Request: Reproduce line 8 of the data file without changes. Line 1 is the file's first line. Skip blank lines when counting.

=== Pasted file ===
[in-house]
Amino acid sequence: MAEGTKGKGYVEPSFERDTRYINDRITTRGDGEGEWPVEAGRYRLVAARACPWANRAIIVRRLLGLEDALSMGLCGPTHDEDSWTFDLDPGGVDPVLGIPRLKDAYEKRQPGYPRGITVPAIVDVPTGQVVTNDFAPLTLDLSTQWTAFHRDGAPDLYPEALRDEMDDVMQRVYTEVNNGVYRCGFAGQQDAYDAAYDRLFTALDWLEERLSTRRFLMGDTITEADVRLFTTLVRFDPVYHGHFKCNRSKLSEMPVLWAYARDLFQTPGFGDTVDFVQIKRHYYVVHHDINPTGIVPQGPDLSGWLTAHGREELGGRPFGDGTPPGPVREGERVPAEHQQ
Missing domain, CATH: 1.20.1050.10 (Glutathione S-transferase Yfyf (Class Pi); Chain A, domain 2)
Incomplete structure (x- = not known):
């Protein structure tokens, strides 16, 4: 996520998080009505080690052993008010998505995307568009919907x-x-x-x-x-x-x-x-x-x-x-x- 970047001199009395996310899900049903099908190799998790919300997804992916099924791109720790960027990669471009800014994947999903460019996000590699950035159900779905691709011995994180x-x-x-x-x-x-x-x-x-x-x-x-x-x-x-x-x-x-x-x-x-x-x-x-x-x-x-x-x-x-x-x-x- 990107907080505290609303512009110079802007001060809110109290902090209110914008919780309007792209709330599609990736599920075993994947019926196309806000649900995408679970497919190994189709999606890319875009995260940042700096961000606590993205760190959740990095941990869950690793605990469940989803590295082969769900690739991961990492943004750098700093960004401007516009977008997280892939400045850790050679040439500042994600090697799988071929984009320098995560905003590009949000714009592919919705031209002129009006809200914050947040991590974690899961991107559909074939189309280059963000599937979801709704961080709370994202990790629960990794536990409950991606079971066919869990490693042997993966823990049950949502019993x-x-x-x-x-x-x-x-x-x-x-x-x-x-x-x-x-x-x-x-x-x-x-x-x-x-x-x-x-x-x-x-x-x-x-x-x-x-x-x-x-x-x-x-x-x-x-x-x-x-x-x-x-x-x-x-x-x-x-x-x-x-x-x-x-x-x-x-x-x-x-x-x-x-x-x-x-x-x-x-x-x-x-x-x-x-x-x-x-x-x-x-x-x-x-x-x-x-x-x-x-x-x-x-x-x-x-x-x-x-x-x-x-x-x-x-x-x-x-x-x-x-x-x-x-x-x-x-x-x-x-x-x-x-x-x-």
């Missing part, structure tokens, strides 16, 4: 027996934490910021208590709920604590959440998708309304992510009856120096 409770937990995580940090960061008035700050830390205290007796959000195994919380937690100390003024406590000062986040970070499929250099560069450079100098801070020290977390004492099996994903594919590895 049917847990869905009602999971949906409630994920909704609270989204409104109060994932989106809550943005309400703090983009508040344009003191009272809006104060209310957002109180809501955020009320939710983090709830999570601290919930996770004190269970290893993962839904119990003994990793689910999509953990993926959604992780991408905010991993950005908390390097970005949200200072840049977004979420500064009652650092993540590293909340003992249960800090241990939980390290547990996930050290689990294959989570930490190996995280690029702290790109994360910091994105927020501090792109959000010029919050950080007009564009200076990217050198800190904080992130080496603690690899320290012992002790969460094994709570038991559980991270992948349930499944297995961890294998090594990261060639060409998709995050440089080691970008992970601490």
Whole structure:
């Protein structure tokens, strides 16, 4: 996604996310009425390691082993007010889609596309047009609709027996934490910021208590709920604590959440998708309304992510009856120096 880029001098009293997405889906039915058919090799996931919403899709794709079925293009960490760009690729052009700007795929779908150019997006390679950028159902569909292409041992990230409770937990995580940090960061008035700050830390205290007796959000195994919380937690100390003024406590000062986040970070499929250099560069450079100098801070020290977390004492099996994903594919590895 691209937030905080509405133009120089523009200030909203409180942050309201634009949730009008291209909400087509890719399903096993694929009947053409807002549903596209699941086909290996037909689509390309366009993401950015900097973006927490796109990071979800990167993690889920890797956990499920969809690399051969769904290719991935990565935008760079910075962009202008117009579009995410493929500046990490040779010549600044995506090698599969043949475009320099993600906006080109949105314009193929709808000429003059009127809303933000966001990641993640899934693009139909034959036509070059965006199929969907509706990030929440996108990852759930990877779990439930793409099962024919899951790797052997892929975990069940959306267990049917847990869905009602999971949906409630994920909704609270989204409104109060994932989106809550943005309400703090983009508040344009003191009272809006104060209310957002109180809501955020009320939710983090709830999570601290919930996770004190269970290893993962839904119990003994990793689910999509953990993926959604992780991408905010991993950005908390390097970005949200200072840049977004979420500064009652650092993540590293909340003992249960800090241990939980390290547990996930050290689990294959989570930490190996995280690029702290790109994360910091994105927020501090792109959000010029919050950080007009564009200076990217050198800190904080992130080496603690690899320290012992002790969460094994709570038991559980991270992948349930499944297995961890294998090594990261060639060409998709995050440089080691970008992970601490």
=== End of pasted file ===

């Protein structure tokens, strides 16, 4: 996604996310009425390691082993007010889609596309047009609709027996934490910021208590709920604590959440998708309304992510009856120096 880029001098009293997405889906039915058919090799996931919403899709794709079925293009960490760009690729052009700007795929779908150019997006390679950028159902569909292409041992990230409770937990995580940090960061008035700050830390205290007796959000195994919380937690100390003024406590000062986040970070499929250099560069450079100098801070020290977390004492099996994903594919590895 691209937030905080509405133009120089523009200030909203409180942050309201634009949730009008291209909400087509890719399903096993694929009947053409807002549903596209699941086909290996037909689509390309366009993401950015900097973006927490796109990071979800990167993690889920890797956990499920969809690399051969769904290719991935990565935008760079910075962009202008117009579009995410493929500046990490040779010549600044995506090698599969043949475009320099993600906006080109949105314009193929709808000429003059009127809303933000966001990641993640899934693009139909034959036509070059965006199929969907509706990030929440996108990852759930990877779990439930793409099962024919899951790797052997892929975990069940959306267990049917847990869905009602999971949906409630994920909704609270989204409104109060994932989106809550943005309400703090983009508040344009003191009272809006104060209310957002109180809501955020009320939710983090709830999570601290919930996770004190269970290893993962839904119990003994990793689910999509953990993926959604992780991408905010991993950005908390390097970005949200200072840049977004979420500064009652650092993540590293909340003992249960800090241990939980390290547990996930050290689990294959989570930490190996995280690029702290790109994360910091994105927020501090792109959000010029919050950080007009564009200076990217050198800190904080992130080496603690690899320290012992002790969460094994709570038991559980991270992948349930499944297995961890294998090594990261060639060409998709995050440089080691970008992970601490």